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Are millennials killing the aimless, protracted war industry?

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Have we reached the end of publicly-supported, mutli-decade wars that have no estimable completion deadline and no clear-cut objectives? Now that they’re done ruining the turkey industry, it appears that millennials have found another staple of the American economy to kill.

Recent polls conducted by Stanford University have indicated that youth born between the years of 1982 and 2004 widely oppose the invasion of foreign nations on shaky premises. Despite the rise in sales of Support Our Troops bumper stickers and tactical gear being 20 percent off at FireForEffect.com, it seems like young people just aren’t interested in following the previous generations’ footsteps.

DuffelBlog took to the streets of Portland to meet some of these millennials. The conversations were edifying, and perhaps a little frightening.

Josiah Denter, a budding wine grape taxonomist, graciously put his plans for not buying a house and not having children on hold to talk to Duffel Blog. He seemed alarmingly unconcerned about the health of the protracted war industry.

“I mean, I guess drones are cool and all. But I prefer using them to take selfies during a three day nature cleanse in Joshua Tree National Park. Not, like, hellfire missiles and stuff,” Denter said.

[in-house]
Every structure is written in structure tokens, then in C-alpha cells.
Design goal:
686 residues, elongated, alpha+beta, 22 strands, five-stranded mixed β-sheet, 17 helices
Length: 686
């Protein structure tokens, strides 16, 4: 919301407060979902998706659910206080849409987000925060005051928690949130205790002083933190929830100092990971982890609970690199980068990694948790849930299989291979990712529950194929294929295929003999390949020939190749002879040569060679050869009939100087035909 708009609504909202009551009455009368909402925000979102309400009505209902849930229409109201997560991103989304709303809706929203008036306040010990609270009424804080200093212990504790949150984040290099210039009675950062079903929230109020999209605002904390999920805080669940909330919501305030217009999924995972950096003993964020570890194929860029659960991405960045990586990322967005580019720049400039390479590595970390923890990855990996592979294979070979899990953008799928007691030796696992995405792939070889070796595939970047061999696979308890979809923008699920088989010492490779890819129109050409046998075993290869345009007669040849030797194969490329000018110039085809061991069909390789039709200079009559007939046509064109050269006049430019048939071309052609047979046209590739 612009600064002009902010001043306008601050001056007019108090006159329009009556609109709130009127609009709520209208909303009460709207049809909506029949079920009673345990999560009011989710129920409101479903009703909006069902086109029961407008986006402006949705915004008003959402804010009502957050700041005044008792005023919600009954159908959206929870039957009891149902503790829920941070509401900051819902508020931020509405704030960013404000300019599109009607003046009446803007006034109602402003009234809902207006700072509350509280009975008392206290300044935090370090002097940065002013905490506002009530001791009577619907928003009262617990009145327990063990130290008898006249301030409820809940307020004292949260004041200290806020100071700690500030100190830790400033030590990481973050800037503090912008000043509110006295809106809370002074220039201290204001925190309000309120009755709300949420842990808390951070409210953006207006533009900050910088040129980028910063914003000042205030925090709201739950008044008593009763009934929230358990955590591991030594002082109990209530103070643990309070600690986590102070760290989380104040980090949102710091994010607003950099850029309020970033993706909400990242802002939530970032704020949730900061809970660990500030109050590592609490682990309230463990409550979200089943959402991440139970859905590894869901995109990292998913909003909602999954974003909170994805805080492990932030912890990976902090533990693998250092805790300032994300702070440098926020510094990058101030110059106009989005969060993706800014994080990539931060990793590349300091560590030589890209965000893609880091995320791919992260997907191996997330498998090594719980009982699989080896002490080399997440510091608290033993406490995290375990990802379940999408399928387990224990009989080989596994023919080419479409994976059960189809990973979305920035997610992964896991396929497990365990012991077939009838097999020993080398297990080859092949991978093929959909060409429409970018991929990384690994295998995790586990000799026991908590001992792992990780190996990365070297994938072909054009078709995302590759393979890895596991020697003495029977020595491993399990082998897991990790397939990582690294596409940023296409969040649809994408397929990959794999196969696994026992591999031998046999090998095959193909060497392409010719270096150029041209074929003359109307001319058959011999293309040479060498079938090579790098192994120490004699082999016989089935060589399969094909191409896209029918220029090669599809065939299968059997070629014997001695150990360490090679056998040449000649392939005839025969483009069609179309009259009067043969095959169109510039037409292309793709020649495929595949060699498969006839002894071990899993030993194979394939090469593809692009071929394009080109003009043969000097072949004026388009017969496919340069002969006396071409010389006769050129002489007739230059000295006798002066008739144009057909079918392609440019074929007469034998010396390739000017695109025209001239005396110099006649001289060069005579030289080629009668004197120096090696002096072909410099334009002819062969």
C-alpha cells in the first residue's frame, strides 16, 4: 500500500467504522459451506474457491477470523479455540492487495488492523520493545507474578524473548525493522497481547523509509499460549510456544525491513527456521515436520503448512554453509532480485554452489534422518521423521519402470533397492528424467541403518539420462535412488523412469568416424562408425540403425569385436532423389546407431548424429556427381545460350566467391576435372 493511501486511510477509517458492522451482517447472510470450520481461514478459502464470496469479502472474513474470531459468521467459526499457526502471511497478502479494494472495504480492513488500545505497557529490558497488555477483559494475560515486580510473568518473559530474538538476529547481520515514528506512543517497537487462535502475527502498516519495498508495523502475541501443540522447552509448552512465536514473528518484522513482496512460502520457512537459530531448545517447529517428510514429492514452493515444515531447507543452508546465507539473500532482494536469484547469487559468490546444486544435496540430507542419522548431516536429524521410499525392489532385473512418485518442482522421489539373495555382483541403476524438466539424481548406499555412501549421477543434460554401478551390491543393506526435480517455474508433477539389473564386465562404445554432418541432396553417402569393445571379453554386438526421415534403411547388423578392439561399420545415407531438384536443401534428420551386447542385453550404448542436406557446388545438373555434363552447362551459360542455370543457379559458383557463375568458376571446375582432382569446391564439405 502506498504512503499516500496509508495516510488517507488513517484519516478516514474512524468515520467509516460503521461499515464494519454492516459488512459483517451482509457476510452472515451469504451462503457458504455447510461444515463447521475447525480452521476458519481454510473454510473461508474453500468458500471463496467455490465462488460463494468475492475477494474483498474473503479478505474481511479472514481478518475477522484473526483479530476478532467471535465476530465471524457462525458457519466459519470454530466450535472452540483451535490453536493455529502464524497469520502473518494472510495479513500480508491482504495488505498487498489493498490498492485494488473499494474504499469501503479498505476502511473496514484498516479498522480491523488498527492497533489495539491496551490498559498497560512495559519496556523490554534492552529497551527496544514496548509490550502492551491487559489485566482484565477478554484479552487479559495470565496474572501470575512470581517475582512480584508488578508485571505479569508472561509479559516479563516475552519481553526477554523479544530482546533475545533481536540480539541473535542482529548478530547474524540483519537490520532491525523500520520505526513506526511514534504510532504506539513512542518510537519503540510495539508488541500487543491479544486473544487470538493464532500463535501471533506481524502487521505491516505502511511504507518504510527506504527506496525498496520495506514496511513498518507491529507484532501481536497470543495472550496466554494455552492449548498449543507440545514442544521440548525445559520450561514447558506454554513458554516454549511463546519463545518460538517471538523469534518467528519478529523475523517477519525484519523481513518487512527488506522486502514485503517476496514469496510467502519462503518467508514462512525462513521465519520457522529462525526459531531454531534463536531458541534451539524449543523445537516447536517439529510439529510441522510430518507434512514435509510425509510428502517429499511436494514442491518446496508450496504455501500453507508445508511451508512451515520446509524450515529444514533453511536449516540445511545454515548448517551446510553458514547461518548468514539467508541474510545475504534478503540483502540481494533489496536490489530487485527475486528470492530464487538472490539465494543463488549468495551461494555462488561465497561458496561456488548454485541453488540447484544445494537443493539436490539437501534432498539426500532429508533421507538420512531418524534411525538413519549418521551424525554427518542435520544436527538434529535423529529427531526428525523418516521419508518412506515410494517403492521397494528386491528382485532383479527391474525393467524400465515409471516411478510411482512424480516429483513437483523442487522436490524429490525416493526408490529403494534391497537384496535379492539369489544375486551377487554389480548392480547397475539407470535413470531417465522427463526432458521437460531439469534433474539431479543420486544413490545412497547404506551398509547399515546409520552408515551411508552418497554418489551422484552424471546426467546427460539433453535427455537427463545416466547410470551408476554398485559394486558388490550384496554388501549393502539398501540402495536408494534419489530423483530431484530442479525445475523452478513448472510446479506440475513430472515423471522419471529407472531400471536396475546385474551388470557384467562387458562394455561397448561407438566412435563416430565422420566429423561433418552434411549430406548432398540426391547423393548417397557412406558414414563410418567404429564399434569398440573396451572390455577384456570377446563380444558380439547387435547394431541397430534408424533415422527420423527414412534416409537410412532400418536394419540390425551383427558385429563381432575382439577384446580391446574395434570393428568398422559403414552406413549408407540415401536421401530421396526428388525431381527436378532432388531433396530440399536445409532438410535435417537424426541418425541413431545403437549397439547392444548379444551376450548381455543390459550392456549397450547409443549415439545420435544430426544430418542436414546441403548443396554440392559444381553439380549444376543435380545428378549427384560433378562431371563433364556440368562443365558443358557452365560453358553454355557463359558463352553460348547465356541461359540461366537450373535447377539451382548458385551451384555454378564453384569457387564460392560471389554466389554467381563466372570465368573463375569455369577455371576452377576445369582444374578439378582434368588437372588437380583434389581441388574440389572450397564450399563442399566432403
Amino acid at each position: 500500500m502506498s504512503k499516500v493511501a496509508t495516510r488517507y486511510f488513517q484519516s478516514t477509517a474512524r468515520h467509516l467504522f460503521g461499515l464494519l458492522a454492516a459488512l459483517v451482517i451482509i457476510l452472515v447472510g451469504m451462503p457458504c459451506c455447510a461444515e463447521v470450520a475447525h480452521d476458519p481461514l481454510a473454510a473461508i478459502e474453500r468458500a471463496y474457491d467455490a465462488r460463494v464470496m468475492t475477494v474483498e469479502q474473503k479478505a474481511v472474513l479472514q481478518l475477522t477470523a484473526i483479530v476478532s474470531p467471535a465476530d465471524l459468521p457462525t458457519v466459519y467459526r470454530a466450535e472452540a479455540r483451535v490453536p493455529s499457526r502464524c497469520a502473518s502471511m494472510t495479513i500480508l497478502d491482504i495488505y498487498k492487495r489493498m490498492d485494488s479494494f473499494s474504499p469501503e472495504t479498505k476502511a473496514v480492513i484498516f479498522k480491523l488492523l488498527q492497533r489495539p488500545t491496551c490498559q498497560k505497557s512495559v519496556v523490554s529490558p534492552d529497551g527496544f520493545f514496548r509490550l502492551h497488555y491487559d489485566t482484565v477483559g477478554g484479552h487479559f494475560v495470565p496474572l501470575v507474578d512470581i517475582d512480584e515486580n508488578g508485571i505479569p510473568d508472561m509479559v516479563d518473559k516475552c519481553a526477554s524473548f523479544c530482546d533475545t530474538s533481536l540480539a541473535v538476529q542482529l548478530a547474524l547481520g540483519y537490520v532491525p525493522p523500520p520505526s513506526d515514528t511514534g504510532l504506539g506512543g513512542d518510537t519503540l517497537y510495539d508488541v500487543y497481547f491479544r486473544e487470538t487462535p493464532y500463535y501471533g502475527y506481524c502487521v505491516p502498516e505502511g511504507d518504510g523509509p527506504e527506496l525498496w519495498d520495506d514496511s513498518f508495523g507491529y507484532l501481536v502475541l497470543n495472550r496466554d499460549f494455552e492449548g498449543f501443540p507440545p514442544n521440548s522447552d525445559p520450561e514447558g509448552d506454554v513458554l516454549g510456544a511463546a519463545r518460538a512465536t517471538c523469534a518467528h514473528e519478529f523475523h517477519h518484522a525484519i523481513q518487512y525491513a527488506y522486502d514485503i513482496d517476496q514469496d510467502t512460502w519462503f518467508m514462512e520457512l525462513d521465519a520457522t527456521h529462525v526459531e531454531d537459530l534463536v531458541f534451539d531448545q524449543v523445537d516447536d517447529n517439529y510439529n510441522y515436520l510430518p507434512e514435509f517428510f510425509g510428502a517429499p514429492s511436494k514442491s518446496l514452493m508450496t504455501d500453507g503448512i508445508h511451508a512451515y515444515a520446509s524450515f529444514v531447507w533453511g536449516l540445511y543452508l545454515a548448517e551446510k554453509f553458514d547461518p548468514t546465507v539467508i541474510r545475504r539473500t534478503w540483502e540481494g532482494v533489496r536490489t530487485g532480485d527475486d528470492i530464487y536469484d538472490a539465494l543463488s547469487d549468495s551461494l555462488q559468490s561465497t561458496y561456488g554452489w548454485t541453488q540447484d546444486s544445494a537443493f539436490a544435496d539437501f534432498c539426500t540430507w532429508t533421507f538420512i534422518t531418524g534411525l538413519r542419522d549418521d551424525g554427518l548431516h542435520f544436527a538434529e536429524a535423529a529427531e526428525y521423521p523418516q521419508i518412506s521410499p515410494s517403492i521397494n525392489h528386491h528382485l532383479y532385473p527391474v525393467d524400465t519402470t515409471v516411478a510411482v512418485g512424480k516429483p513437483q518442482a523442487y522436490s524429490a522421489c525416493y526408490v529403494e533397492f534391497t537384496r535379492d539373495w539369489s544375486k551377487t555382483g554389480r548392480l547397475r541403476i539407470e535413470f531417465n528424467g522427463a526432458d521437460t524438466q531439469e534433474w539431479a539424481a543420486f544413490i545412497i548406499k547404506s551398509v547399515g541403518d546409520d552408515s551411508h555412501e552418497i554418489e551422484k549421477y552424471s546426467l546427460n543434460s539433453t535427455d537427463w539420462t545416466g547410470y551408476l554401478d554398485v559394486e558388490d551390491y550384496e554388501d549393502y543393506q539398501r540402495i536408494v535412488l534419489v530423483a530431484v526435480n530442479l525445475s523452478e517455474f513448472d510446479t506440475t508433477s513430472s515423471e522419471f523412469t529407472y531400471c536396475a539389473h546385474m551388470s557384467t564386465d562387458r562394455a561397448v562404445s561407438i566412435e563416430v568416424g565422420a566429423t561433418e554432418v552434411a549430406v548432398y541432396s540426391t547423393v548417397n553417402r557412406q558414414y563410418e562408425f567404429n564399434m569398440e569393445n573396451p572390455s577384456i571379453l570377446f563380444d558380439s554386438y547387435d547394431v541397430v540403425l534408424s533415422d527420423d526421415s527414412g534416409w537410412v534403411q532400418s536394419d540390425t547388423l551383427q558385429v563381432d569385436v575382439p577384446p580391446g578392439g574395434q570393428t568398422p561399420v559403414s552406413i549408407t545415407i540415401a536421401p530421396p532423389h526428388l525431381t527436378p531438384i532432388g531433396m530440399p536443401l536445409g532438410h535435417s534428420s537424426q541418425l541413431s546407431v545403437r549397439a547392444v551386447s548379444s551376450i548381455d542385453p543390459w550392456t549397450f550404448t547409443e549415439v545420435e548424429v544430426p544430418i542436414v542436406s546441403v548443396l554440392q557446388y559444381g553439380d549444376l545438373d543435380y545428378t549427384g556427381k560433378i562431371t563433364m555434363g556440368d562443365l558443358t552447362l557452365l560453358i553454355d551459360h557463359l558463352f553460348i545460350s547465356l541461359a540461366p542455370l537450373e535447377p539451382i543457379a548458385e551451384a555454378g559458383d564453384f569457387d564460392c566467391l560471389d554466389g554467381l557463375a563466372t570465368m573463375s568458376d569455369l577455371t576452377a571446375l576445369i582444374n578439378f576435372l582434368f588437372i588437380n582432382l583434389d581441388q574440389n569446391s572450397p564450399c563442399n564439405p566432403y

The U.S. defense budget increased from $664 billion to $688 billion from 2017 to 2018 – a 3 percent increase. That may sound like the war industry is booming, but it’s actually down from the 2016 to 2017 change, which was nearly an 11 percent increase. The blame for the missing 8 percent can be placed firmly at the feet of young people who no longer enjoy spending their adult lives in moral gray areas.

Millennials, however, aren’t taking the finger-pointing lying down. Many of them believe that their lack of support for wars old enough to be their fathers is due to an increasingly polarized economic system, designed to keep wealth at the top 1 percent and shrink the size of the middle class.

“I can’t invade a foreign country until the minimum wage achieves parity with inflation and the purchasing power of the dollar,” local niche scatological artist Sarah Alshaz said on her Twitch channel, which, combined with her Patreon, is her only source of income. “I also have nearly three hundred thousand dollars of school loans to pay off. Liberal arts degrees from Ivy League schools are expensive. We just can’t afford war like the baby boomers, who could conduct a land war in Europe on a single income with a pension.”

It’s a problem of outreach, according to recruitment specialists. The armed forces are trying to target millennials in hopes they can convince them that a small Middle Eastern country using dial-up internet is worth bombing with ordnance worth more than its GDP, but success has been minimal.

“We tried that,” Maj. Lindsey Wilkinson, a Strategic Command spokesperson, said in a blog article. “It backfired. It seems like no matter how we hashtag something, the droves of millennials on social media just aren’t ready to do what it takes to embroil the United States in long, drawn-out conflicts with no clear objectives. I believe America has seen its best days.”

Even after examining the statistics, the fate of the endless war industry has yet to be determined. But, if millennials have anything to say about it, the war in Afghanistan – and others like it – may only extend to 2035.

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